Observing figs 4 and 5, each of the couplers 14 and 15 associated with the first and second rings 10 and 13 will be seen to comprise a sleeve 16 and 17 associated radially with the internal circumference of the respective first and second ring 10 and 13 and insertable into the corresponding part of the casing 1 by way of and in sealed association with a longitudinal slot 1a and 1b. Each sleeve 16 and 17 accommodates a respective coaxial pin 18 and 19 fashioned in electrically conductive material, over which the end of the corresponding spiral-wound conductor 7 and 11 is coaxially and stably secured. The remaining ends of these two conductors 7 and 11 converge into the relative pacemaker connector 22 (see also fig 6) and combine with the casing 1 and the respective second and third contacts 9 and 12 to provide the twin core lead L1.
A cardiac catheter embodied in this manner affords notable advantages in comparison to conventional types, first among which is that the ventricular electrode remains electrically and mechanically independent from the remainder of the catheter and can be anchored to the lining of the heart easily and precisely (several times if necessary) without manipulating the remaining parts of the casing; the relative spiral-wound conductor 3 can be of minimal diametral dimensions moreover (a factor reflecting favourably on the overall dimensions of a tripolar embodiment) without prejudice to its mechanical strength and manoeuvrability.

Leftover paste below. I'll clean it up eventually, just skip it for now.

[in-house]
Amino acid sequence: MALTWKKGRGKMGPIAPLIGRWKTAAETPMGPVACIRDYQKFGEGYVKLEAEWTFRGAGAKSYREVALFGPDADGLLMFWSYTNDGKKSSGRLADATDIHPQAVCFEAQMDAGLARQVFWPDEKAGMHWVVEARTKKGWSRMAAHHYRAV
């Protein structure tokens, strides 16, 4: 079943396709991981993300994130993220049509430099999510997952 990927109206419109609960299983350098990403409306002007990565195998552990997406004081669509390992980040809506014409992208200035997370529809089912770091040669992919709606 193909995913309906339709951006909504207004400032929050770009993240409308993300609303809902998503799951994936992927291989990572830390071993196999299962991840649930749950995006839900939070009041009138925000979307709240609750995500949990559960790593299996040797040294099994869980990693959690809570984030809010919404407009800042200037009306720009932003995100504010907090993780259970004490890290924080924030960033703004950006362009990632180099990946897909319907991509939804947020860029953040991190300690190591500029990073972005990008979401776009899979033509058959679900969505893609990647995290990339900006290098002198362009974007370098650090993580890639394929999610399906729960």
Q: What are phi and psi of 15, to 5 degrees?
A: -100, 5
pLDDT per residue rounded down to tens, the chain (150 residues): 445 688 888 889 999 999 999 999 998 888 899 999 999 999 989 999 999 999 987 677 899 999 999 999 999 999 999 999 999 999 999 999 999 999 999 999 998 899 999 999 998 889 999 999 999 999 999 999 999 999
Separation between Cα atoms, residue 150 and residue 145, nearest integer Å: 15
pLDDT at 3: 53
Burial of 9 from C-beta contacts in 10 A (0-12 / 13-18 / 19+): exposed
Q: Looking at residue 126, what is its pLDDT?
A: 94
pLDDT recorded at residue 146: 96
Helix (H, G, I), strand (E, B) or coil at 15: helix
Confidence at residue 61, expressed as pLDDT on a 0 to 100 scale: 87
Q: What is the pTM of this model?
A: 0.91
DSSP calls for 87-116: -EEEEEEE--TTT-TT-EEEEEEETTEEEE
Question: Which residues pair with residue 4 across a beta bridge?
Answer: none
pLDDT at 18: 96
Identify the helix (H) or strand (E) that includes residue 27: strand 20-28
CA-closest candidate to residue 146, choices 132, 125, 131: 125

The second and third spiral-wound conductors effect a dual atrial control by monitoring haematic flow at two locations, independent of and remote from one another, thereby returning two signals to the sensing circuit of the pacemaker device (which will incorporate independent data circuits) for analysis and comparison, and enabling the application of a more precise and correctly attuned pulse to the ventricle by way of the relative electrode 6 in response.
Likewise to advantage, the provision of atrial contact rings with radially offset coupling sleeves permits of positioning the conductors parallel with one another and thus establishing three independent circuits (without notably affecting the dimensions of the casing); with a significant reduction in the possibility of mutual interference during passage of the respective pulses moreover, input and output signals to and from the pacemaker are guaranteed essentially "clean". In addition, the particular embodiment of the rings and the inclusion of the longitudinal slot 20 combine to ensure an outer casing 1 of unbroken continuity, with all of the attendant advantages in terms of strength, sealing action, manoeuvrability and long term reliability.